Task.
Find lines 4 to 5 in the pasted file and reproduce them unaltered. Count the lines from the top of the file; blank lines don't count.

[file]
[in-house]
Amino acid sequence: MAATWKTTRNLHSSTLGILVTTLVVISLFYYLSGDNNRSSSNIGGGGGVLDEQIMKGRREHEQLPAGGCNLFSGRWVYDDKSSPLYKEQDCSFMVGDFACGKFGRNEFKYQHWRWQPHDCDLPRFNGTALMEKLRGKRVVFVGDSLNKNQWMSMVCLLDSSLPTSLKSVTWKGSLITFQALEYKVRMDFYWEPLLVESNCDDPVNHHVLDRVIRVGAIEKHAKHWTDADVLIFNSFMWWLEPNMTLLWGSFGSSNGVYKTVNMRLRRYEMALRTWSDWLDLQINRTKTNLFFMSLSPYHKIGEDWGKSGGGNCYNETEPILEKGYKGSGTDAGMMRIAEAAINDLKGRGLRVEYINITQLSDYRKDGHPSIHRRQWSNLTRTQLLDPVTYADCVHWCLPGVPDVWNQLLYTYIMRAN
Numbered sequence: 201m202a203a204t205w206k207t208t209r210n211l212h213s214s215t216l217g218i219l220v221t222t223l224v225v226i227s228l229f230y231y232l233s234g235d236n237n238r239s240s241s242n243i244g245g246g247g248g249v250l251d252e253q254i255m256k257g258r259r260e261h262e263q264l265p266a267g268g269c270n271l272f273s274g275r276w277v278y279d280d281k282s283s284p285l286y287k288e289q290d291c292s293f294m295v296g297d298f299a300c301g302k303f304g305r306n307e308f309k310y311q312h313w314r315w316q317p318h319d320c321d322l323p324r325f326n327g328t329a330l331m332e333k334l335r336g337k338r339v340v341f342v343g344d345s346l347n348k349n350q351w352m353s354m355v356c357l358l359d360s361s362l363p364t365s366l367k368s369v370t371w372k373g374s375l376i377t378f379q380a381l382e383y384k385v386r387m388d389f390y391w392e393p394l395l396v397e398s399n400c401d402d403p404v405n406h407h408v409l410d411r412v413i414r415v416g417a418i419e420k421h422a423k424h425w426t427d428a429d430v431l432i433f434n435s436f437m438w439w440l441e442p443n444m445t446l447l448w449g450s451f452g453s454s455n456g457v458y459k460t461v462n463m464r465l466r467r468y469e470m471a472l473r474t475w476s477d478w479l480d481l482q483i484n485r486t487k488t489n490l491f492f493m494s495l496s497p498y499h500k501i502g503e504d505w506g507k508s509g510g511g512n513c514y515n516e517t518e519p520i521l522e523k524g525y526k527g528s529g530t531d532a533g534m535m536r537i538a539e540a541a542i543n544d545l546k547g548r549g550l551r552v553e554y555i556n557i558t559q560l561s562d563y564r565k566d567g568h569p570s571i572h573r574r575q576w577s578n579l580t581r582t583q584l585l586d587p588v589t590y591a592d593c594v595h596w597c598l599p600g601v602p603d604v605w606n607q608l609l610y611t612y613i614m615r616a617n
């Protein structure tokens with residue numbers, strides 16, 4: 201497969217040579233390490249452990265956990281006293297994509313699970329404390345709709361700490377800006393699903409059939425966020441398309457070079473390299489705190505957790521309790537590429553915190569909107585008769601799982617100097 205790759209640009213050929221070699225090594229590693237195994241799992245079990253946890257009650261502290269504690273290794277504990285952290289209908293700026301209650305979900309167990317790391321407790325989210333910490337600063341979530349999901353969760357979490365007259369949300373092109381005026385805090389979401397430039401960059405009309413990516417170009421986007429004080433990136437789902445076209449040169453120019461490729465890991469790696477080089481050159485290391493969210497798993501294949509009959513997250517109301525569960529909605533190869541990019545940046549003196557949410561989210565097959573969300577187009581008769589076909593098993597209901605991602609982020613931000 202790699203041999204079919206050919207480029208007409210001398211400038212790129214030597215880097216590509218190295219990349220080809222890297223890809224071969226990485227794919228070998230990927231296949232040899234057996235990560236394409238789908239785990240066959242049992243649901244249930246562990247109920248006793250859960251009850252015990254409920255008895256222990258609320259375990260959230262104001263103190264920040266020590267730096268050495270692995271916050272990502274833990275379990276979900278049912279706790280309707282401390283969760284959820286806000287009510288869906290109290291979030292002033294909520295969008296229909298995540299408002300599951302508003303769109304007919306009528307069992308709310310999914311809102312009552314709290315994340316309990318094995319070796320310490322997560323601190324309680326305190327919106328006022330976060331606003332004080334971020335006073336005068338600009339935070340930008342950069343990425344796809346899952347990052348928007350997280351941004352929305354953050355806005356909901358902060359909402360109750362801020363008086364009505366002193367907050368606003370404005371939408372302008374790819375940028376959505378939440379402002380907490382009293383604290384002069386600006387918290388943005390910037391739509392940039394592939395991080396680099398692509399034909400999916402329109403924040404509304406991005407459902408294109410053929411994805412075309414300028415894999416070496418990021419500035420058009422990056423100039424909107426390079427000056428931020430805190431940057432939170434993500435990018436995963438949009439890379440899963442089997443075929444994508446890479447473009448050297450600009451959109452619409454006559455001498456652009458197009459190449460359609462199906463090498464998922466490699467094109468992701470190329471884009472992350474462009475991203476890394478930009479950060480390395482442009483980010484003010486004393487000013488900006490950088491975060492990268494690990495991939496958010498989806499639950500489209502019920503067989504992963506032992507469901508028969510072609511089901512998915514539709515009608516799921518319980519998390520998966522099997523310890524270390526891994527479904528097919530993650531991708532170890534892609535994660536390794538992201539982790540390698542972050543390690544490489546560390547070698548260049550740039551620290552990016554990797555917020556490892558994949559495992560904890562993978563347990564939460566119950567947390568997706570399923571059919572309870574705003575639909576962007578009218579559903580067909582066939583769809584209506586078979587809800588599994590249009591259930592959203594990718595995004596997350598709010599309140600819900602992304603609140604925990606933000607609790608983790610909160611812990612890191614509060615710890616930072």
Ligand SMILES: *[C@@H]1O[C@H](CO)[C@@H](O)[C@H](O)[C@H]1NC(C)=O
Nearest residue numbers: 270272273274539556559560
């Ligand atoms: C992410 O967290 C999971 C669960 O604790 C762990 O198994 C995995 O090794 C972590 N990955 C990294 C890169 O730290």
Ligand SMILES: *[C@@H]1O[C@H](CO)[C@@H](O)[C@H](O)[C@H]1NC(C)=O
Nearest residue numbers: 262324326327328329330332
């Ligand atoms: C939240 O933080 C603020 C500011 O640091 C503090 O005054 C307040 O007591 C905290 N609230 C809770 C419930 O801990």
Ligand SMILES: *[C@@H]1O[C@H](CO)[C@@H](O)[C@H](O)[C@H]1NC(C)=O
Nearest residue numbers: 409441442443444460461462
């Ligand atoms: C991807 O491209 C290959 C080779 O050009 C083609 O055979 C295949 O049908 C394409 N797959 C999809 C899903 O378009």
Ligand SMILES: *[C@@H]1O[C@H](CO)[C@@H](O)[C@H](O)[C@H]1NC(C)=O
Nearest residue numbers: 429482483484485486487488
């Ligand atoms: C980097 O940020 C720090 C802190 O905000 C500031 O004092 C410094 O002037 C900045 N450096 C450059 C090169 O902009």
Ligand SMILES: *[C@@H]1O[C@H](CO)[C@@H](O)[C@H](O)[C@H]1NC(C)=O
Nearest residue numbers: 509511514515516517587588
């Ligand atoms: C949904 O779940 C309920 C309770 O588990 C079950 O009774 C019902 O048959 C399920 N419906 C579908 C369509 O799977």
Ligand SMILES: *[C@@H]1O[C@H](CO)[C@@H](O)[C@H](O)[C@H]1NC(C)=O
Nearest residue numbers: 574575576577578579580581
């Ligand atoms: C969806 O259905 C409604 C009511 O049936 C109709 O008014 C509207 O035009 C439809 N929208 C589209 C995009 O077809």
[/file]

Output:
């Protein structure tokens with residue numbers, strides 16, 4: 201497969217040579233390490249452990265956990281006293297994509313699970329404390345709709361700490377800006393699903409059939425966020441398309457070079473390299489705190505957790521309790537590429553915190569909107585008769601799982617100097 205790759209640009213050929221070699225090594229590693237195994241799992245079990253946890257009650261502290269504690273290794277504990285952290289209908293700026301209650305979900309167990317790391321407790325989210333910490337600063341979530349999901353969760357979490365007259369949300373092109381005026385805090389979401397430039401960059405009309413990516417170009421986007429004080433990136437789902445076209449040169453120019461490729465890991469790696477080089481050159485290391493969210497798993501294949509009959513997250517109301525569960529909605533190869541990019545940046549003196557949410561989210565097959573969300577187009581008769589076909593098993597209901605991602609982020613931000 202790699203041999204079919206050919207480029208007409210001398211400038212790129214030597215880097216590509218190295219990349220080809222890297223890809224071969226990485227794919228070998230990927231296949232040899234057996235990560236394409238789908239785990240066959242049992243649901244249930246562990247109920248006793250859960251009850252015990254409920255008895256222990258609320259375990260959230262104001263103190264920040266020590267730096268050495270692995271916050272990502274833990275379990276979900278049912279706790280309707282401390283969760284959820286806000287009510288869906290109290291979030292002033294909520295969008296229909298995540299408002300599951302508003303769109304007919306009528307069992308709310310999914311809102312009552314709290315994340316309990318094995319070796320310490322997560323601190324309680326305190327919106328006022330976060331606003332004080334971020335006073336005068338600009339935070340930008342950069343990425344796809346899952347990052348928007350997280351941004352929305354953050355806005356909901358902060359909402360109750362801020363008086364009505366002193367907050368606003370404005371939408372302008374790819375940028376959505378939440379402002380907490382009293383604290384002069386600006387918290388943005390910037391739509392940039394592939395991080396680099398692509399034909400999916402329109403924040404509304406991005407459902408294109410053929411994805412075309414300028415894999416070496418990021419500035420058009422990056423100039424909107426390079427000056428931020430805190431940057432939170434993500435990018436995963438949009439890379440899963442089997443075929444994508446890479447473009448050297450600009451959109452619409454006559455001498456652009458197009459190449460359609462199906463090498464998922466490699467094109468992701470190329471884009472992350474462009475991203476890394478930009479950060480390395482442009483980010484003010486004393487000013488900006490950088491975060492990268494690990495991939496958010498989806499639950500489209502019920503067989504992963506032992507469901508028969510072609511089901512998915514539709515009608516799921518319980519998390520998966522099997523310890524270390526891994527479904528097919530993650531991708532170890534892609535994660536390794538992201539982790540390698542972050543390690544490489546560390547070698548260049550740039551620290552990016554990797555917020556490892558994949559495992560904890562993978563347990564939460566119950567947390568997706570399923571059919572309870574705003575639909576962007578009218579559903580067909582066939583769809584209506586078979587809800588599994590249009591259930592959203594990718595995004596997350598709010599309140600819900602992304603609140604925990606933000607609790608983790610909160611812990612890191614509060615710890616930072």
Ligand SMILES: *[C@@H]1O[C@H](CO)[C@@H](O)[C@H](O)[C@H]1NC(C)=O